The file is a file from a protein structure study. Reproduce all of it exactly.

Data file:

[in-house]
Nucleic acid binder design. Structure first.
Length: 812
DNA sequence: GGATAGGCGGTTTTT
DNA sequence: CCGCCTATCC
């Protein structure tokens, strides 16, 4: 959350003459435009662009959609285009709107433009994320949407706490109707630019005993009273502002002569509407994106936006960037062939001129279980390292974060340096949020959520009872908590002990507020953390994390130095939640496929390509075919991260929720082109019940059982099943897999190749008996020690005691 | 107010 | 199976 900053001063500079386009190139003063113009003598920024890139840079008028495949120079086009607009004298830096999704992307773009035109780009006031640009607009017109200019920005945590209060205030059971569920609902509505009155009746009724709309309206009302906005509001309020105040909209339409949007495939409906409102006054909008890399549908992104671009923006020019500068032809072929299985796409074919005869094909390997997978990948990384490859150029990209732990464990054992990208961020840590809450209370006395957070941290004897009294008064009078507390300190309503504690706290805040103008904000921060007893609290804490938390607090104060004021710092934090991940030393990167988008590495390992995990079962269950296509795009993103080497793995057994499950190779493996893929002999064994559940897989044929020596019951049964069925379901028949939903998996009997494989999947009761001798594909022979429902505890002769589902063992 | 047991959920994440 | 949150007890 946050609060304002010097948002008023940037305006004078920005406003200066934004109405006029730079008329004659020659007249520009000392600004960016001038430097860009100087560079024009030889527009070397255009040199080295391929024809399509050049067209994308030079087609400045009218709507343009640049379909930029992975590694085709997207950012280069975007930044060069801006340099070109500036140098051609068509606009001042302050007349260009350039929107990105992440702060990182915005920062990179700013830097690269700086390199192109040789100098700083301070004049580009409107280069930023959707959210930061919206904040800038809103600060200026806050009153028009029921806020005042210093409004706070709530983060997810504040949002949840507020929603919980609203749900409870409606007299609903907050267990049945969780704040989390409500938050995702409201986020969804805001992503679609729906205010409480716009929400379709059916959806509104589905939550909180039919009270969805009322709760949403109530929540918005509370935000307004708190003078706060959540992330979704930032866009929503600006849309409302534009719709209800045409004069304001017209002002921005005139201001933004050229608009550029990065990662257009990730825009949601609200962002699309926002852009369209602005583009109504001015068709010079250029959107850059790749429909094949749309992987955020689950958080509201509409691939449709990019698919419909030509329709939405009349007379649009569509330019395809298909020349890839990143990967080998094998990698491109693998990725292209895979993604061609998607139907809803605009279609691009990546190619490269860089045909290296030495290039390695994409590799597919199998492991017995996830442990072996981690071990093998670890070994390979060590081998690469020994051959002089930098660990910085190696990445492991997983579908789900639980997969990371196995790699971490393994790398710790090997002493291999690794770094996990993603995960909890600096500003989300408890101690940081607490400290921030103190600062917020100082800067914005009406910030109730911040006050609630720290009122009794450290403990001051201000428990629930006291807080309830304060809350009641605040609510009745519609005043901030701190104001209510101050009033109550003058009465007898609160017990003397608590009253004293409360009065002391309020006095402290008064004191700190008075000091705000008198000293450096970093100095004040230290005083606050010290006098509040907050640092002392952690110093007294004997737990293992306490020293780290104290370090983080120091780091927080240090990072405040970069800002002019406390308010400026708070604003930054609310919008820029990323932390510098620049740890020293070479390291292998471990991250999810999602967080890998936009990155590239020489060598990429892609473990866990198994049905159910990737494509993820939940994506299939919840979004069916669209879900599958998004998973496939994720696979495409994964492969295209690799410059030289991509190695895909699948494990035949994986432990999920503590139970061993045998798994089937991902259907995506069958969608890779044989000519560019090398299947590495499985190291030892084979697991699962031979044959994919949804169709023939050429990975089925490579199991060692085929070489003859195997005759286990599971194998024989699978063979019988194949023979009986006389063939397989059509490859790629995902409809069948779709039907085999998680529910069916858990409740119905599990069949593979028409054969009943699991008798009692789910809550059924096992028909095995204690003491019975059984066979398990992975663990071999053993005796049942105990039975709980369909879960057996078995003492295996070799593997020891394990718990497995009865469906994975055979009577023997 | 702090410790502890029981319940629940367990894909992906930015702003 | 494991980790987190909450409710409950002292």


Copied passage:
[in-house]
Nucleic acid binder design. Structure first.
Length: 812
DNA sequence: GGATAGGCGGTTTTT
DNA sequence: CCGCCTATCC
């Protein structure tokens, strides 16, 4: 959350003459435009662009959609285009709107433009994320949407706490109707630019005993009273502002002569509407994106936006960037062939001129279980390292974060340096949020959520009872908590002990507020953390994390130095939640496929390509075919991260929720082109019940059982099943897999190749008996020690005691 | 107010 | 199976 900053001063500079386009190139003063113009003598920024890139840079008028495949120079086009607009004298830096999704992307773009035109780009006031640009607009017109200019920005945590209060205030059971569920609902509505009155009746009724709309309206009302906005509001309020105040909209339409949007495939409906409102006054909008890399549908992104671009923006020019500068032809072929299985796409074919005869094909390997997978990948990384490859150029990209732990464990054992990208961020840590809450209370006395957070941290004897009294008064009078507390300190309503504690706290805040103008904000921060007893609290804490938390607090104060004021710092934090991940030393990167988008590495390992995990079962269950296509795009993103080497793995057994499950190779493996893929002999064994559940897989044929020596019951049964069925379901028949939903998996009997494989999947009761001798594909022979429902505890002769589902063992 | 047991959920994440 | 949150007890 946050609060304002010097948002008023940037305006004078920005406003200066934004109405006029730079008329004659020659007249520009000392600004960016001038430097860009100087560079024009030889527009070397255009040199080295391929024809399509050049067209994308030079087609400045009218709507343009640049379909930029992975590694085709997207950012280069975007930044060069801006340099070109500036140098051609068509606009001042302050007349260009350039929107990105992440702060990182915005920062990179700013830097690269700086390199192109040789100098700083301070004049580009409107280069930023959707959210930061919206904040800038809103600060200026806050009153028009029921806020005042210093409004706070709530983060997810504040949002949840507020929603919980609203749900409870409606007299609903907050267990049945969780704040989390409500938050995702409201986020969804805001992503679609729906205010409480716009929400379709059916959806509104589905939550909180039919009270969805009322709760949403109530929540918005509370935000307004708190003078706060959540992330979704930032866009929503600006849309409302534009719709209800045409004069304001017209002002921005005139201001933004050229608009550029990065990662257009990730825009949601609200962002699309926002852009369209602005583009109504001015068709010079250029959107850059790749429909094949749309992987955020689950958080509201509409691939449709990019698919419909030509329709939405009349007379649009569509330019395809298909020349890839990143990967080998094998990698491109693998990725292209895979993604061609998607139907809803605009279609691009990546190619490269860089045909290296030495290039390695994409590799597919199998492991017995996830442990072996981690071990093998670890070994390979060590081998690469020994051959002089930098660990910085190696990445492991997983579908789900639980997969990371196995790699971490393994790398710790090997002493291999690794770094996990993603995960909890600096500003989300408890101690940081607490400290921030103190600062917020100082800067914005009406910030109730911040006050609630720290009122009794450290403990001051201000428990629930006291807080309830304060809350009641605040609510009745519609005043901030701190104001209510101050009033109550003058009465007898609160017990003397608590009253004293409360009065002391309020006095402290008064004191700190008075000091705000008198000293450096970093100095004040230290005083606050010290006098509040907050640092002392952690110093007294004997737990293992306490020293780290104290370090983080120091780091927080240090990072405040970069800002002019406390308010400026708070604003930054609310919008820029990323932390510098620049740890020293070479390291292998471990991250999810999602967080890998936009990155590239020489060598990429892609473990866990198994049905159910990737494509993820939940994506299939919840979004069916669209879900599958998004998973496939994720696979495409994964492969295209690799410059030289991509190695895909699948494990035949994986432990999920503590139970061993045998798994089937991902259907995506069958969608890779044989000519560019090398299947590495499985190291030892084979697991699962031979044959994919949804169709023939050429990975089925490579199991060692085929070489003859195997005759286990599971194998024989699978063979019988194949023979009986006389063939397989059509490859790629995902409809069948779709039907085999998680529910069916858990409740119905599990069949593979028409054969009943699991008798009692789910809550059924096992028909095995204690003491019975059984066979398990992975663990071999053993005796049942105990039975709980369909879960057996078995003492295996070799593997020891394990718990497995009865469906994975055979009577023997 | 702090410790502890029981319940629940367990894909992906930015702003 | 494991980790987190909450409710409950002292």